Tuesday, 1 September 2015

Ainrmistice blouse, wedding dress muslin.

I did post about my wedding dress here back in February, but never got around to writing much about design or construction. After two months away, I just wanted to share pictures, and a lot of the details had slipped my mind. However, I will be sharing a bit today, as last night I finally finished the wearable muslin of the top half of my wedding dress. 
My inspiration for my wedding dress was the Armistice blouse pattern. I cannot remember if I found the pattern first, or the Downton Abbey picture; I just loved the style, and quickly order the Folkwear pattern. My main tweaks to the pattern had to do with the back. The pattern is very blousey, and is nipped in with ties. I don't really like the excess fabric, and it didn't work with turning it into a dress, so I modified the back piece to incorporate back darts from Simplicity 2444, and this gave me a really good fit. After playing around with muslins, I decided to make a blouse up to practice the technqiues, especially the collar, lace and pintucking. I got the blouse mostly finished half way through last year, and it lay in the sewing pile, only with a hem to go, until last night. With the warmer weather creeping up in Sydney, and my desire to shrink my UFO pile, I quickly finished it lat night. 

It's a really comfortable blouse, and I like the style. My two issues are the front panel sits a tiny bit too low (something I can pull up; I do remember now raising the panel for my wedding dress). Also, the back is much too short. I most likely added no length, so it's the same length as a dress bodice. It makes it hard to tuck in; I am very short waisted, and am wearing it with a pencil skirt that hits my natural waist, and it only just sits in. These issues are certainly not going to stop me wearing it though. 

My favourite things about this blouse are the details. 
Firstly, the fabric. Most versions of this style I've seen as done in white/cream/ivory, but as I was already doing that for the wedding dress, I decided to go floral. The fabric is from my grandma's stash, and I used cream for the collar and front panel.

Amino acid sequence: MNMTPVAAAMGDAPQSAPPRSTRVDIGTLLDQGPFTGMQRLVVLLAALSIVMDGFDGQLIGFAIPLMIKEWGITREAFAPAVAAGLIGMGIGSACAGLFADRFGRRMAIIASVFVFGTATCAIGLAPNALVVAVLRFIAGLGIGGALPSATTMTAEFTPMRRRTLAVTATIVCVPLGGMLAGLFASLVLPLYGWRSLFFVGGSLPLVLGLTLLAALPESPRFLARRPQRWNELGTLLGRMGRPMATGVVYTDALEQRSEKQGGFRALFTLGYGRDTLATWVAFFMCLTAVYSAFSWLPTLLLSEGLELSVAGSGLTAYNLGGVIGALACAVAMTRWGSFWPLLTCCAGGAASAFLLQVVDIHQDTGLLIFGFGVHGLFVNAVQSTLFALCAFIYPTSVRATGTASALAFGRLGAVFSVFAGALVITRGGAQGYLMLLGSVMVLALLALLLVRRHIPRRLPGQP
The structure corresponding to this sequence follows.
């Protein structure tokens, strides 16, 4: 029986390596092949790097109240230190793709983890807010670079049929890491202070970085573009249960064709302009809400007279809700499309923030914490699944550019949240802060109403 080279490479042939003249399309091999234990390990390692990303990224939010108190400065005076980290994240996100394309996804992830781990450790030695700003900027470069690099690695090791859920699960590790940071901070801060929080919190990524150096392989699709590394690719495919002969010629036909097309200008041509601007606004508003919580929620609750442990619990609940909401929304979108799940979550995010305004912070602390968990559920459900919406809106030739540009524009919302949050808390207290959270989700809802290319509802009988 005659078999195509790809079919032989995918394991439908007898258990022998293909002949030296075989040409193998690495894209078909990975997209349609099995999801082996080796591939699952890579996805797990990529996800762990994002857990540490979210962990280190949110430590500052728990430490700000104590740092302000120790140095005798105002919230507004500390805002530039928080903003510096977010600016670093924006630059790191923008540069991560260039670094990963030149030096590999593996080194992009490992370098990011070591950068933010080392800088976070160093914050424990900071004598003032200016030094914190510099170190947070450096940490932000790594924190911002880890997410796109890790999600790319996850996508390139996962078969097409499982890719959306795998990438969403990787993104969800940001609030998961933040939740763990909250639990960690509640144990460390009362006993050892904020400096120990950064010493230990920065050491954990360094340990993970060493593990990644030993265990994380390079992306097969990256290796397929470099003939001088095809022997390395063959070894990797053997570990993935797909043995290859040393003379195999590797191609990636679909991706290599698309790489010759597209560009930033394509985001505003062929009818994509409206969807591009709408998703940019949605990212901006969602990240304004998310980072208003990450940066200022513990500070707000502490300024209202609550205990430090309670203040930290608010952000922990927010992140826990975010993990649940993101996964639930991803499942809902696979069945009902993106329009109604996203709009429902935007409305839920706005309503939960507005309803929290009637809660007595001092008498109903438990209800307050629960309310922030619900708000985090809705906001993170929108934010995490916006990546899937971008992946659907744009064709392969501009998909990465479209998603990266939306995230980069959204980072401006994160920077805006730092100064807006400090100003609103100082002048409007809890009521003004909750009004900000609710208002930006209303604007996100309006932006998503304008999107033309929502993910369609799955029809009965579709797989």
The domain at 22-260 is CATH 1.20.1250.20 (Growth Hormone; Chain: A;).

My main construction change was to use bias tape instead of facings. I rally do not like facings, and had already found lovely satin bias for my wedding dress, so used a red bias tape for the facings. I also hemmed the blouse using bias tape, again much neater, and didn't lose much length. I did the button holes in blue, with blue buttons to match. I actually did not end up using buttons on my wedding dress, as the satin facings would not take them. I used false buttons with hooks and eyes underneath. For the blouse, I also inserted an invisible zipper up the side; I don't need it, because of the buttons, but it was good practice for the dress.

 This is a close up of the sleeve hem, finished with lace, which is machined on. Although I hand sew whenever I can, machining the lace actually gave it a very neat finish. All the lace was from my grandma's stash. I cut the sleeves short, not wantingto do cuffs, as per the pattern. I was actually planning on having short sleeves on the wedding dress, but ended up going thee quarters after getting carried away with insertion.

 This is a close up of the middle panel. The hardest part was getting the pintucks centred. I know I had a method, but my brain is very murky on the details now. The whole panel is handsewn into the blouse, and finished with a row of lace up top.

This is just a collar close up, he lace here is sandwiched between the two collar layers. 

Pattern Summary:
Pattern: Folkwear 210, Armistice blouse
Fabric: Floral for main body, cream for accents, both stash
  • back turned into darts
  • bias tape facings
  • side zip
Notions: invisible zipper, blue buttons, red bias tape, a lot of lace

Wear with: a very high waisted, tight skirt. 

Make again? : I technically have for my wedding dress. I'm not sure if I would. I love the pattern, but its a blouse style that's very striking, and would look quite similar if made again, it's more of a statement piece, than a wardrobe basic. If I did make it again, I'd raise the front panel, add length to the back bodice, and grade out slightly at the hips. I do love the lace and pin tucking details though, so I will certainly be working out ways to incorporate them into future projects. 

I have two more projects to still show that were part of my wedding dress making process. One is a skirt, that was part of my self-drafting adventures, and the other is a blouse, that is still unfinished a year later where I set to work practicing insertion. 

It feels good to finally have another project finished, and shared. 
Thanks to my best friend Mim for the photos.


  1. Nice, I can see why you chose this pattern as the base for your wedding dress. It is so pretty and feminine. I really like the colourful florar and it makes it different from your proper dress.

    1. Thanks Louise. It was a really different design to anything I'd seen, an it drew me straight in

  2. Such a beautiful blouse!! It is just gorgeous, and I love the fabric. Great job!!

  3. Cute blouse and lovely print!

  4. Immensely lovely blouse! The pintucked detailing is so exquisitely pretty and add an even greater depth of timelessness to this gorgeous creation. Awesome work here, sweet dear!

    ♥ Jessica